Every silver has a cloudy liningAdoption of cloud technology in the healthcare section in Europe will be worth $1,275.6 million by the end of the decade according to a report from Frost & Sullivan.

Last year, the European market was worth $390.5 million and is expected to steadily grow between 10 to 30 percent in the next five years.

The cloud is good for cost efficient services for documentation, storage and sharing patient information, the report said. Government moves to create healthcare information exchanges have given the cloud market in Europe and the USA a boost.  In addition, quick deployment and easier management of IT staff are other perceived advantages of using the cloud.

But the move to the cloud is being hampered by a lack of standardisation in legacy systems, meaning that data migration is both expensive and cumbersome.

And there are also concerns about data preservation, security and portability, meaning that when healthcare IT buyers sign up with cloud service providers there must be service level agreements to guarantee reliability and data portability.

Vega GPU Announced by Vivante

VivanteRight up front Vivante states that it designed its GPU architecture to scale to compete with Nvidia and ATI. It plans to vie with Nvidia in the next generation of ultra-mobile GPU in GTX/Maxwell, John Oram writes from San Francisco.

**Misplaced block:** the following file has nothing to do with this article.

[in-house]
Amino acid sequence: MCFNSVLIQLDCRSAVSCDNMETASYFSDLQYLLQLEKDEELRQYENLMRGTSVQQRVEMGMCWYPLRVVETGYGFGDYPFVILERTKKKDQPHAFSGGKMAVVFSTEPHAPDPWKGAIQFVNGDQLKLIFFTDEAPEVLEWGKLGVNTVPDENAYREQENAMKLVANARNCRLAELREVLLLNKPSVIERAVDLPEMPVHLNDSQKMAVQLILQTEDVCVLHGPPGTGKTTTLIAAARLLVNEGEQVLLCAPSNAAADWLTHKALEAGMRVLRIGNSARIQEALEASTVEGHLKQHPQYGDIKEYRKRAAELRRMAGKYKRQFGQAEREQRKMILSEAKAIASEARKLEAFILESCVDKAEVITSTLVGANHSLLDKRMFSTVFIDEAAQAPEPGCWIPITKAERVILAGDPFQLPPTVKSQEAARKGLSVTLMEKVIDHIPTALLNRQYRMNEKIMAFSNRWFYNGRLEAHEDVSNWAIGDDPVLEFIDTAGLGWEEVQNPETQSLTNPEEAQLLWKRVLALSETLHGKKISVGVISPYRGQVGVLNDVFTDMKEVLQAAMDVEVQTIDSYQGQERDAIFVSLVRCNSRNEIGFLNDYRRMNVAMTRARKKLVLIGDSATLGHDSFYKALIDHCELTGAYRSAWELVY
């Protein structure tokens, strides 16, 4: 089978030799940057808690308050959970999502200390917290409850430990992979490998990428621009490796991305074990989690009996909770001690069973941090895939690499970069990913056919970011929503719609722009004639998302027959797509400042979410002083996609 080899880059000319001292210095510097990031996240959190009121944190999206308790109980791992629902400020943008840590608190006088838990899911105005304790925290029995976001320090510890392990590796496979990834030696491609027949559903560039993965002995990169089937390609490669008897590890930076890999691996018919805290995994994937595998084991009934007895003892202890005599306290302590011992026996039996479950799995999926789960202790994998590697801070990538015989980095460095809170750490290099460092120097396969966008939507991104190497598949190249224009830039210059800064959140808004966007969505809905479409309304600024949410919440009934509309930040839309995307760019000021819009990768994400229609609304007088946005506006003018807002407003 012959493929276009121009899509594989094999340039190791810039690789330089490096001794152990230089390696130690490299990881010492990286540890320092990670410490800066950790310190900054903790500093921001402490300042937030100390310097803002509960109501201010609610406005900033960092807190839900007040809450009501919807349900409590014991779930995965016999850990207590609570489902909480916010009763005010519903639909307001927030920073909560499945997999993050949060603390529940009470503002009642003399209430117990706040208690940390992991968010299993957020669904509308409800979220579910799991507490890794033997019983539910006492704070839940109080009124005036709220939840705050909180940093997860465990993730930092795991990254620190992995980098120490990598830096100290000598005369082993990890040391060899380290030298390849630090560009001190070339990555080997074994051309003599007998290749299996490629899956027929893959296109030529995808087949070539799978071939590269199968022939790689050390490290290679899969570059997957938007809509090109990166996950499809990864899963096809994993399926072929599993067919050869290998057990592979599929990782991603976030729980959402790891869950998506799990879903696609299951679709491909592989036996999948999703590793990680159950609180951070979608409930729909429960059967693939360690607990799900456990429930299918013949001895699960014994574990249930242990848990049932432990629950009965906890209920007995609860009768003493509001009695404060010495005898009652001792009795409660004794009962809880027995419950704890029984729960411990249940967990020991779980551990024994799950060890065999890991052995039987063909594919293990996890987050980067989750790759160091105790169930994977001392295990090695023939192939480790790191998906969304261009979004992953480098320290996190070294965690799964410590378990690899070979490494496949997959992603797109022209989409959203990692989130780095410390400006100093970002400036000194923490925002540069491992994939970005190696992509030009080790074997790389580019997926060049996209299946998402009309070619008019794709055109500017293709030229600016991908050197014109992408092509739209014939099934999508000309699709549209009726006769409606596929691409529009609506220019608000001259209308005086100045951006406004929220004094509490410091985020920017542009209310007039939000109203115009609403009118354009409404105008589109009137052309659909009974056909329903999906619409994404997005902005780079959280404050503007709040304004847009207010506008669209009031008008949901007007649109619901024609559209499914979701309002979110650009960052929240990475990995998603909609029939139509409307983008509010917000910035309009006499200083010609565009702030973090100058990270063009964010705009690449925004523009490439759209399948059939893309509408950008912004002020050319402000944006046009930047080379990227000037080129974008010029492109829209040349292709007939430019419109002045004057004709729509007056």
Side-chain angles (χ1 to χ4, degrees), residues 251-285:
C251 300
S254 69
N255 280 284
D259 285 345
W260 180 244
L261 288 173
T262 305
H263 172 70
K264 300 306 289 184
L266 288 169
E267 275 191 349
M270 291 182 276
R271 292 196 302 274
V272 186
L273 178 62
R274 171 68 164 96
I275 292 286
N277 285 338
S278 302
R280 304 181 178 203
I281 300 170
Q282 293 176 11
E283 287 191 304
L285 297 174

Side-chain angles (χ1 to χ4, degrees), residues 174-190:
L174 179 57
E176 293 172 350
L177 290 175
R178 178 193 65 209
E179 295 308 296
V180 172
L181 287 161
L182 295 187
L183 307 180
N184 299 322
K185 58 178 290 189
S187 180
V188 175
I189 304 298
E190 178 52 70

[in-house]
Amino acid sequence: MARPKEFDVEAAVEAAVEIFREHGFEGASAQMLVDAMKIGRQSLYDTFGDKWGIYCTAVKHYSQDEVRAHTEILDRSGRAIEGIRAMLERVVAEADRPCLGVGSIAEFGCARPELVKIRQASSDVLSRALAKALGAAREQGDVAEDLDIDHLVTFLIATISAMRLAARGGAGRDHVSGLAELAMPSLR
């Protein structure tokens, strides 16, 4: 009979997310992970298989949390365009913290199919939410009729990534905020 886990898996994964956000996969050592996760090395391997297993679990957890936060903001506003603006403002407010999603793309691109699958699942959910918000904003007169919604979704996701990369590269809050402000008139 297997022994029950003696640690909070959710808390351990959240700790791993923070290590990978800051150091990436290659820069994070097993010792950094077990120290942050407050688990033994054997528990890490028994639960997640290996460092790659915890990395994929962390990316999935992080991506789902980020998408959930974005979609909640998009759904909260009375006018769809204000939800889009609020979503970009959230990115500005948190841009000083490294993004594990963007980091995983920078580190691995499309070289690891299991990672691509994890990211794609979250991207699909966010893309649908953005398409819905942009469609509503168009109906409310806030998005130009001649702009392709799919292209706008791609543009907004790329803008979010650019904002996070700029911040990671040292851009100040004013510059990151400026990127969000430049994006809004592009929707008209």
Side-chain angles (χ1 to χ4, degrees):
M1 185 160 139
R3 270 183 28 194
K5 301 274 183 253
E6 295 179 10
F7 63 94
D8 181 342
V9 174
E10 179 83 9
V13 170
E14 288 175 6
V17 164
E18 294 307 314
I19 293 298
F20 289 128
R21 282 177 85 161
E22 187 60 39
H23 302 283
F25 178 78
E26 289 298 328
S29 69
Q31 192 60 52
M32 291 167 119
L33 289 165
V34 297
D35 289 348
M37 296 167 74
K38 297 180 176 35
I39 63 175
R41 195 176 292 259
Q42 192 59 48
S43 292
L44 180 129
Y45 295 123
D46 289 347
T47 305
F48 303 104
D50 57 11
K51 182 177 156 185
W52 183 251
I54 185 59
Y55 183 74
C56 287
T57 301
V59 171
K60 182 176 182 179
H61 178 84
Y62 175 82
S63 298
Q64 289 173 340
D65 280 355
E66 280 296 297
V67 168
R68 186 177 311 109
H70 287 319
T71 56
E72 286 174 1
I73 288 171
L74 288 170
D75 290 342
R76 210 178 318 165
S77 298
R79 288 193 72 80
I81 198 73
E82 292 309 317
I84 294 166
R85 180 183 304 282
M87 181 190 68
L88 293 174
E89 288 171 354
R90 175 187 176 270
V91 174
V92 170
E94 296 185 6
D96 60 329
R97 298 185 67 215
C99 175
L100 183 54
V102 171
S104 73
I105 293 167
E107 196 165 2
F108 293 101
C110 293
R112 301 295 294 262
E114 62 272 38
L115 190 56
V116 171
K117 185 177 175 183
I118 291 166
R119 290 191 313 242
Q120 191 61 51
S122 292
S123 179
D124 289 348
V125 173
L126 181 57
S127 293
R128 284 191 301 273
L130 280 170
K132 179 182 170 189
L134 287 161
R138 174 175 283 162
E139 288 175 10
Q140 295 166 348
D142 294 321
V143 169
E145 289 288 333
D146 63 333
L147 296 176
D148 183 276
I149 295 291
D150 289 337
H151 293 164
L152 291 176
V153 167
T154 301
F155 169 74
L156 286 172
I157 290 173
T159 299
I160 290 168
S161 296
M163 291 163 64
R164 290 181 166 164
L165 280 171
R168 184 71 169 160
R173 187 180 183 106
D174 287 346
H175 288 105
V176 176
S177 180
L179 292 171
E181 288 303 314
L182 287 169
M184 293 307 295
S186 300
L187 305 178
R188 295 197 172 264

A fledgling start up once assisted by semiconductor angel investors and corporate investment from Fujitsu, Vivante was profitable five years after opening its doors. It is now headquartered in Sunnyvale, California with offices in Shanghai and Chengdu China. Over its nine year history, Vivante Corporation has infiltrated many markets.

The company flaunts its “firsts” – first to ship OpenGLES 3.0 silicon and first to ship embedded OpenCL 1.1 silicon. It has shipped over 120 million units. Currently, Vivante is inside the majority of the top players in the fields of SoC vendors, mobile OEMs, TV OEMs, and automotive OEMs.

At IDF, Vivante was heralding its  advantage over its competitors referring to benchmark ratings in its slides. For example see the GC1000 – Mali 400-MP2 comparison where it also pictorially point out the difference in size between the Mali and smaller Vivante product.